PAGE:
Alternative thinking on unreasonable expectations, bad content models and the election

“Have you lost your @!$%X# mind?”

Meb Faber hits the ball out of the park with a piece in Institutional Investor (it’s behind a paywall at first, but it will display if you refresh it) on the unreasonable expectations that we touched on yesterday.

In a piece subtly titled “Institutional Investors are Delusional,” Faber points out that the mean expectations in a poll of investors on net returns is 13%. That would require a gross return of 20%. Just 1% of more than 400 respondents (so just four people) are rational.

Faber says that any CIO in the other 99% should be fired.

Meanwhile, ValueWalk answers an important question about what pensions funds plan to do in the event that hedge funds fail to meet the existing expectations. Here’s the key findings.


“It feels as though 1.5% is the new 2% in fees.”

That’s Robert Chambers of BNY Mellon.

A survey by the firm indicates that 78% of respondents in the hedge fund community are open to slashing their fees. Here it is.

Can we also stop using the words “is the new?”


“If you are a dumba--- there will be consequences!”

That’s Kase Capital manager Whitney Tilson.

He has a message… to a graduating class of ninth grade boys.

Tilson refers to his quote as the “No. 1 Immutable Law of the Universe”

Consequences like what?

You can end up a policy adviser on critical foreign policy matters in Washington D.C. to the most powerful people in the world?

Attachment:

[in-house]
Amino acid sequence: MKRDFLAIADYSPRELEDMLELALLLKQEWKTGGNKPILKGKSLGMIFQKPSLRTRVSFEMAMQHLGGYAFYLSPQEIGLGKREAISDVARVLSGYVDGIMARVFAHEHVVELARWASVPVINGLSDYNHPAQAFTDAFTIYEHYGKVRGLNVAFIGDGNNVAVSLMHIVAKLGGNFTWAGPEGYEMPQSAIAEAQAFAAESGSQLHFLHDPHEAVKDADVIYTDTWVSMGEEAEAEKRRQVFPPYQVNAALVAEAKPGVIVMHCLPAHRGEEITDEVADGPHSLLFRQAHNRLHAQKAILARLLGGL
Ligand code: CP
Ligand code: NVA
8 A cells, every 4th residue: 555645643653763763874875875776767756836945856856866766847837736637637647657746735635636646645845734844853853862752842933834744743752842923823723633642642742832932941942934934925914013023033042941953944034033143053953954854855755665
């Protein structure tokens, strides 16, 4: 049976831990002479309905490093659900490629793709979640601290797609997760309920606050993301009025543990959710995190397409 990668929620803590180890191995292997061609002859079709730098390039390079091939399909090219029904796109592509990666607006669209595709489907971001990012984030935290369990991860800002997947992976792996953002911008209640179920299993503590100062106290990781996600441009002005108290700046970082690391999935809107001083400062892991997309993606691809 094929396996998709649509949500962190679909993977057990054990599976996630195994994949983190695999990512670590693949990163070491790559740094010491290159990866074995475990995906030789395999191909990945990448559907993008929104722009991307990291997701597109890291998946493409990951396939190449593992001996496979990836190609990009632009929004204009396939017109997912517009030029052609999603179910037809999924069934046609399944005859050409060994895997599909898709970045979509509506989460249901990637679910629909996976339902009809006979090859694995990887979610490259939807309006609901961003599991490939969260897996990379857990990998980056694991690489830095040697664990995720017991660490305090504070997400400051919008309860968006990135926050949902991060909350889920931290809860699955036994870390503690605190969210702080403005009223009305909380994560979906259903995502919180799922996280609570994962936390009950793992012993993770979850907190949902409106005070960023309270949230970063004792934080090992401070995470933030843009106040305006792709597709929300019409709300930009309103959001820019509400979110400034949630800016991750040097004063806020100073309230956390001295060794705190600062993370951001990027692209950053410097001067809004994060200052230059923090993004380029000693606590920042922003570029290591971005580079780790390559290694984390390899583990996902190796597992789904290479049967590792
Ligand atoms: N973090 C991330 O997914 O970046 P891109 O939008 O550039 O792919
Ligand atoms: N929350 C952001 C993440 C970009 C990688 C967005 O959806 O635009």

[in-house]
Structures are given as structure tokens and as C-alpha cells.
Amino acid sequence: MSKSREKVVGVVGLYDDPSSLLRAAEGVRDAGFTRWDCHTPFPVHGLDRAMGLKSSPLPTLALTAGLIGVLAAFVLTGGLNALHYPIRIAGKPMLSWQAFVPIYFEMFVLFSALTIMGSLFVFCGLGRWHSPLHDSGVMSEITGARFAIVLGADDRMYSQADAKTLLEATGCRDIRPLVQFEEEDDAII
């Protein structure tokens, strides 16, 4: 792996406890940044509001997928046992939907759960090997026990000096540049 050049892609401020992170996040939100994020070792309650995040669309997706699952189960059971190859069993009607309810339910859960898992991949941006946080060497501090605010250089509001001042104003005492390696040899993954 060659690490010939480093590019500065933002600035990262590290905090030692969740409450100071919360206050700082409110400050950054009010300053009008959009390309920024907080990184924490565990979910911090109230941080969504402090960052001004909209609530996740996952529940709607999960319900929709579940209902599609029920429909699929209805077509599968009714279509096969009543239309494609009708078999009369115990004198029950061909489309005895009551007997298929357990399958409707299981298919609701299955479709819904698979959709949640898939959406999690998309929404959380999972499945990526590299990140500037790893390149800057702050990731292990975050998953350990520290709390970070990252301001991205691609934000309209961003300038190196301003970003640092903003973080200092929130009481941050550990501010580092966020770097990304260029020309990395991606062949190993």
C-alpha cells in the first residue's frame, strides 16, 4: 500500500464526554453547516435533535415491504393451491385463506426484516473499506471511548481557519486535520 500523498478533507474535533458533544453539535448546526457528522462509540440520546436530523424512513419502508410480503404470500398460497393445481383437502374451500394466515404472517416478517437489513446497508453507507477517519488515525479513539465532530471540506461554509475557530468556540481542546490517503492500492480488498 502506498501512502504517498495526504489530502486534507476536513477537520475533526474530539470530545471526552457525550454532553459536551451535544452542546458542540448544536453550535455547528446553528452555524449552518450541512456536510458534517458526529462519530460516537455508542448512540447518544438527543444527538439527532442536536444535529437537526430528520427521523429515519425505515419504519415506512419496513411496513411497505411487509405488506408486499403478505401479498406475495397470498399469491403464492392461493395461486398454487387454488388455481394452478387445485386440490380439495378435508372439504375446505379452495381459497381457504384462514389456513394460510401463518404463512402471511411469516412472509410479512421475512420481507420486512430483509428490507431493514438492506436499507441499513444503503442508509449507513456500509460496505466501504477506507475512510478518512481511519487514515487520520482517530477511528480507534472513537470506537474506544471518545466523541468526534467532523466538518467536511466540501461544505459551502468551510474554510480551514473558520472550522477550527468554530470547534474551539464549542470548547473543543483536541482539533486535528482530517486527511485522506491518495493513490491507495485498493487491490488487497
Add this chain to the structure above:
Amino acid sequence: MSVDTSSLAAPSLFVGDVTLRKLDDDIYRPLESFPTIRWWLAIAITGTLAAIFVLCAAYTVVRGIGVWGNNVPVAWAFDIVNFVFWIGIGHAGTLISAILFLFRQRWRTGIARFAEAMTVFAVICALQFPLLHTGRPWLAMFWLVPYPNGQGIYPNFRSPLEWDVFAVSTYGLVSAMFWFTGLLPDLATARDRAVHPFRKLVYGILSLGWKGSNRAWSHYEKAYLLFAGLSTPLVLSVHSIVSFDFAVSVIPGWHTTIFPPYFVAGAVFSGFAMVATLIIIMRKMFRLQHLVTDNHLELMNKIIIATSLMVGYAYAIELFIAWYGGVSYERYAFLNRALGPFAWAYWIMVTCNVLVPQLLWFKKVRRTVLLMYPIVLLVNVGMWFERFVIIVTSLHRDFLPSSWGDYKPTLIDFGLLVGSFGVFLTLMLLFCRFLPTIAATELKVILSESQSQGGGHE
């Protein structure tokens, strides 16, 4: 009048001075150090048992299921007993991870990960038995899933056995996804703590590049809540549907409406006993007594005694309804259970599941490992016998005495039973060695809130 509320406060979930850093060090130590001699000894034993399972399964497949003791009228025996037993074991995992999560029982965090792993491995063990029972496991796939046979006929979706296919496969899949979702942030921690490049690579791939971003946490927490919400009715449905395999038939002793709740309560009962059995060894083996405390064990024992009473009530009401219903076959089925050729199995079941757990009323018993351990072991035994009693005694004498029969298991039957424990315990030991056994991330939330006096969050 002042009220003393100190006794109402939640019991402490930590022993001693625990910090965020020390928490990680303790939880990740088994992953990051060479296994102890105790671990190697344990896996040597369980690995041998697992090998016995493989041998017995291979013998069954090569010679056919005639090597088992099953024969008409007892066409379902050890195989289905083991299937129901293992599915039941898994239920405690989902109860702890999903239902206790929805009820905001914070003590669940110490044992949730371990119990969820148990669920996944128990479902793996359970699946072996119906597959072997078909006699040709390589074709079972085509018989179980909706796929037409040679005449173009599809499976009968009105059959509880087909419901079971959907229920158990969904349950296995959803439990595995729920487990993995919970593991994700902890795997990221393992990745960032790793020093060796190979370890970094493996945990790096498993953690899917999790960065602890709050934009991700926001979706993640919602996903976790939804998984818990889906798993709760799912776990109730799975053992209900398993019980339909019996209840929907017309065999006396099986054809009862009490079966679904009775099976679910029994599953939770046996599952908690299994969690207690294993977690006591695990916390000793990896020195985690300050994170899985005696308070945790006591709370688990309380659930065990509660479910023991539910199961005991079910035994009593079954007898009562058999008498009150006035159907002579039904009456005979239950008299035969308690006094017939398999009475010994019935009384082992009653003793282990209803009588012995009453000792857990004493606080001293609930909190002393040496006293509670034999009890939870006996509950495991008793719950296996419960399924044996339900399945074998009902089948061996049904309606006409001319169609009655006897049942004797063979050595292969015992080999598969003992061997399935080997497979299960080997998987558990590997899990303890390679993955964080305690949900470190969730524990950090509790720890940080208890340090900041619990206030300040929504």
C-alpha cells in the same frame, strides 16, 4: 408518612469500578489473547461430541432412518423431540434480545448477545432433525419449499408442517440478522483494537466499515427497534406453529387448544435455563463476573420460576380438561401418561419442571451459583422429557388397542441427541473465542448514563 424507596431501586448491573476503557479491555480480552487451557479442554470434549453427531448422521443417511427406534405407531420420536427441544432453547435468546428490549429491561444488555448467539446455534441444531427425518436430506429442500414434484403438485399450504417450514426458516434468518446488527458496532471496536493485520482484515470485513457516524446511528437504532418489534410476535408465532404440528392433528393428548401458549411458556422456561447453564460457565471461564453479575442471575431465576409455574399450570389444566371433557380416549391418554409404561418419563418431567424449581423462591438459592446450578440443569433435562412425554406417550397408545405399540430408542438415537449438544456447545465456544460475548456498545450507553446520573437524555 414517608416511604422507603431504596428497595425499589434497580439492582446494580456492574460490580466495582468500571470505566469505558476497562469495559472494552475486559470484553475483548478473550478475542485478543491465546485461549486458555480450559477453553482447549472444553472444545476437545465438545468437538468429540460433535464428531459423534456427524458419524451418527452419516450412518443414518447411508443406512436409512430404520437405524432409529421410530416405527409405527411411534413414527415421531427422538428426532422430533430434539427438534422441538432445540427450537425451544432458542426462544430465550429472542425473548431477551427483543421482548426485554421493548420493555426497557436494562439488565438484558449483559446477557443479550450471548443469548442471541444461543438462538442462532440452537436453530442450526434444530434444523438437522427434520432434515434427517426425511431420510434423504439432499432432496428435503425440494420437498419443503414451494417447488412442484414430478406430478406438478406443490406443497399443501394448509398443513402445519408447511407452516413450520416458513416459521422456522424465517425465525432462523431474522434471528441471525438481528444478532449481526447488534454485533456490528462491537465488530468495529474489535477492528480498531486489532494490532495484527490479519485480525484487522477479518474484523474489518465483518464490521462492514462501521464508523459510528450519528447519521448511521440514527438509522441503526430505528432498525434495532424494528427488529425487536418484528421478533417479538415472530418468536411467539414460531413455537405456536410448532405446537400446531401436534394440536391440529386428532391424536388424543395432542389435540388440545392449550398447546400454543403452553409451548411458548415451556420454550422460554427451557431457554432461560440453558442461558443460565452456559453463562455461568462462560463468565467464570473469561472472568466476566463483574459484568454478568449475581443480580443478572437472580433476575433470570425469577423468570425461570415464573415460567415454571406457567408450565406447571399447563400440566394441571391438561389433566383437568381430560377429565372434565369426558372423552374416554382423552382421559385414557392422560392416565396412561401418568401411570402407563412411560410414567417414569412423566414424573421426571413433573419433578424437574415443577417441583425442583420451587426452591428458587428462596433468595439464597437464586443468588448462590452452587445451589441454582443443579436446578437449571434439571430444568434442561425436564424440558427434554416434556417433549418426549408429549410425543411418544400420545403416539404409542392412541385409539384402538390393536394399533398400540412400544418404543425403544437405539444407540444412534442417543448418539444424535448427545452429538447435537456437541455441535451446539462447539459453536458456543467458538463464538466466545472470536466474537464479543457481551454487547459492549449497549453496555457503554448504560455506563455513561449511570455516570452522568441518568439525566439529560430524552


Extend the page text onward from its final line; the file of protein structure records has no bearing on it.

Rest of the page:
It’s actually a very good speech…and maybe one that should be repeated at the start of every school year.

He rails against bad habits that might hold a person back from becoming the person they want to be. “If you want to get ahead,” he says, “you have to start by not falling behind.”

Most important, emphasizes hard work and determination.

"I’ve thrown a lot at you here, so let me quickly summarize: defense wins championships, work hard, and be nice,” he said. “If you do these things, I promise you that you’ll lead a long and rewarding life, filled with love, laughter and happiness. It’s yours for the taking."


“A further 20.9% said they would not vote for either candidate.”

That’s from Reuters/Ipsos.

Following Hillary Clinton’s staged awkward acceptance speech last night on being the Democratic nominee, a new poll shows her blowing out Trump by 10%, all while the latter argues that Clinton ran the State Department as her own hedge fund.

But the 44% to 34% spread in the Reuters poll is overshadowed by the fact that roughly 21% of voters don’t want either candidate.

Looks like Jamie Dimon’s “Think for yourself” message is already working.

Is Rex Tillerson available for an independent run?


“Individual investors love to check out what the pros are doing.”

Finally, that’s The Street.

In another example of all that is holy and wrong with financial reporting.

There’s a promise of five stocks that hedge funds are dumping…and asks a valuable question that never seems to get definitively answered: Should you too?

Here’s a headline followed by six slides, ad videos screaming from your speakers randomly, and a long-winded built up. There has got to be a better advertising and content model than this. It costs the reader their time.

Here’s the companies are:  Amazon.com, Citigroup, Gilead Sciences, Wells Fargo and Valeant Pharmaceuticals.

There, you save five minutes and countless browser interruptions.